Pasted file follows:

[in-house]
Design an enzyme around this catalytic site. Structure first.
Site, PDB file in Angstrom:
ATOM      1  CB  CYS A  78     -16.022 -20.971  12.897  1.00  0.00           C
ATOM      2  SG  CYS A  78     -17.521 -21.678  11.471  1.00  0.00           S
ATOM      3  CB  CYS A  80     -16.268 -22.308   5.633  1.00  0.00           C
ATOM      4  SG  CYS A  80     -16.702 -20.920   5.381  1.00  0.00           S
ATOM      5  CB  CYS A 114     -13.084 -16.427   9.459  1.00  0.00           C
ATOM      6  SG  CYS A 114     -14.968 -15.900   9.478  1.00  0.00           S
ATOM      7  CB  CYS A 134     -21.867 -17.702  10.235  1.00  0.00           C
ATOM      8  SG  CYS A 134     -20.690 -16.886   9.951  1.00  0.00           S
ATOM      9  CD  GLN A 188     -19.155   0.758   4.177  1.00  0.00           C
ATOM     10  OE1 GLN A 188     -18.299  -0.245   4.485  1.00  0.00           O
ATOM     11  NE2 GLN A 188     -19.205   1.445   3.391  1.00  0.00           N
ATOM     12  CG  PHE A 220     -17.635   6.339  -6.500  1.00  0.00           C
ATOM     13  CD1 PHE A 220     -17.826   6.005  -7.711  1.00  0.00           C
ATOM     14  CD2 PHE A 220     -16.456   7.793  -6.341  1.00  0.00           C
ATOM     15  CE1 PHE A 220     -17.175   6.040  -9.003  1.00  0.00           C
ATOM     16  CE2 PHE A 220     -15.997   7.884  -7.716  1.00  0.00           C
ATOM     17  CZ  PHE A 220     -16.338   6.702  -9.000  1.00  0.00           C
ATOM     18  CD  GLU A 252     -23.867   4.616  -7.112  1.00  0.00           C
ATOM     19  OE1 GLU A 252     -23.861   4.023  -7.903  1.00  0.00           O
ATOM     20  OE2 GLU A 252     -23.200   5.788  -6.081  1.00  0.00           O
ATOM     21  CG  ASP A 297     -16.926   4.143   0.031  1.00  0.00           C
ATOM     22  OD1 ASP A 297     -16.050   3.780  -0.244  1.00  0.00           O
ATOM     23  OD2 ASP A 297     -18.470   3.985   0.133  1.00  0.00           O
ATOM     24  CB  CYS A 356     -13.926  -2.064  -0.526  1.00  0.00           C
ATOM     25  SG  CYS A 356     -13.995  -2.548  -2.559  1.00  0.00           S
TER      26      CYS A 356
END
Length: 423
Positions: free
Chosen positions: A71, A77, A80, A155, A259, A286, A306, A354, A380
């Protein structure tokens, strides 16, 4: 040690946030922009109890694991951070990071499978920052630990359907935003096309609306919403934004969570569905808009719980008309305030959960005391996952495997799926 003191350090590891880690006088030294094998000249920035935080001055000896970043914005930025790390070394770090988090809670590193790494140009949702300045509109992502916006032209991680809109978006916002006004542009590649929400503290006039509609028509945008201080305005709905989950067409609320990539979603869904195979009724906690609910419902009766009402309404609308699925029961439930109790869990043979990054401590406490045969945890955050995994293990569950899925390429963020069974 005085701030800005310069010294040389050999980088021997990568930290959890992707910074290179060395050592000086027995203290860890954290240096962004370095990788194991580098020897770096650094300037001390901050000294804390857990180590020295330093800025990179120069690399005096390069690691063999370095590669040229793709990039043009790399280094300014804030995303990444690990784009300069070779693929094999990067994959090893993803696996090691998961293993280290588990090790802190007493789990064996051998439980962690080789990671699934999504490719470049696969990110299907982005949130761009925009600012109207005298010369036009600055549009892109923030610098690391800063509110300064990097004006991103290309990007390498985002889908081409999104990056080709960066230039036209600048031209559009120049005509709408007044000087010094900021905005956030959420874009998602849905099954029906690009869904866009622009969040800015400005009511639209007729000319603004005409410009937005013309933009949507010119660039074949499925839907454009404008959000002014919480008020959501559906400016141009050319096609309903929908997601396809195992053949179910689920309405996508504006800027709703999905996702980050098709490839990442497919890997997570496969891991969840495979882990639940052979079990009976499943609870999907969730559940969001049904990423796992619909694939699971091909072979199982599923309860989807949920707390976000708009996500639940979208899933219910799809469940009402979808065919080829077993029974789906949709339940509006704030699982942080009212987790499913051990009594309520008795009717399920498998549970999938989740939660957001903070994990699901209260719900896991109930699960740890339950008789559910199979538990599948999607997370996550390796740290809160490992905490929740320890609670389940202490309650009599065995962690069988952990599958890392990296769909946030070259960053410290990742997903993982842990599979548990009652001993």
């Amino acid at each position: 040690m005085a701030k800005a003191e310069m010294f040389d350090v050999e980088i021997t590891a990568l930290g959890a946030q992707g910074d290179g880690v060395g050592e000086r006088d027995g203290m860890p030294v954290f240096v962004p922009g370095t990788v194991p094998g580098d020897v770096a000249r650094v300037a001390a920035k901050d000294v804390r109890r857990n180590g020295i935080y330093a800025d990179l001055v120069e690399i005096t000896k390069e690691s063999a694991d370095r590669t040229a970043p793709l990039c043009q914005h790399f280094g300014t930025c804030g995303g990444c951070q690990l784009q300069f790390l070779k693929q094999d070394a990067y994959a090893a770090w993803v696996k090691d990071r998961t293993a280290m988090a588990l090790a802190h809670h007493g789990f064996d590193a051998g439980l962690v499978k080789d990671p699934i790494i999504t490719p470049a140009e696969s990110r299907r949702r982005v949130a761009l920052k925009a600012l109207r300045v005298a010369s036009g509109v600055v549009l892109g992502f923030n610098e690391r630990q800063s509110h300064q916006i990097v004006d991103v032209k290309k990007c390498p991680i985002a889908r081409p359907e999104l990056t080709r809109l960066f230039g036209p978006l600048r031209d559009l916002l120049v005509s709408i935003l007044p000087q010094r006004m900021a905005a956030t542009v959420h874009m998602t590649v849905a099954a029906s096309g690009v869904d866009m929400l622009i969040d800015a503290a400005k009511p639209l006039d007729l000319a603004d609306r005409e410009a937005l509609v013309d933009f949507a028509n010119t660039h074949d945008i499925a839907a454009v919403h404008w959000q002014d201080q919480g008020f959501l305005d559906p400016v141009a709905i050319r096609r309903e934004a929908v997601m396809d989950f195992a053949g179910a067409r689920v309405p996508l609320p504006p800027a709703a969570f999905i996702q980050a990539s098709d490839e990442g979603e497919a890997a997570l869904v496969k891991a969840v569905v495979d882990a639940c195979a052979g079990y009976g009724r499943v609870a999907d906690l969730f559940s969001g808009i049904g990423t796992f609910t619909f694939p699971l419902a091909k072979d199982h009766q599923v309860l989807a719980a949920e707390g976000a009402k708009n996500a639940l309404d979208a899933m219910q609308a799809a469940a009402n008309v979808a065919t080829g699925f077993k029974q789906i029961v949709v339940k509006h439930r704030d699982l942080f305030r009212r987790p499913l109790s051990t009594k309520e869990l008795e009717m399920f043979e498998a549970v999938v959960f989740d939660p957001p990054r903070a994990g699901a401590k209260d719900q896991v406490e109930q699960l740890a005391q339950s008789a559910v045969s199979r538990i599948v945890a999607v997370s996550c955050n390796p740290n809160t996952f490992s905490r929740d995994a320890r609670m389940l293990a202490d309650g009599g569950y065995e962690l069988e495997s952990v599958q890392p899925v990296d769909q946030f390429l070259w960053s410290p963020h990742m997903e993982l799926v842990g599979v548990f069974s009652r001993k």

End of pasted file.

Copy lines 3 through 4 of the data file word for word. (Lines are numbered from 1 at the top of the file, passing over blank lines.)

Site, PDB file in Angstrom:
ATOM      1  CB  CYS A  78     -16.022 -20.971  12.897  1.00  0.00           C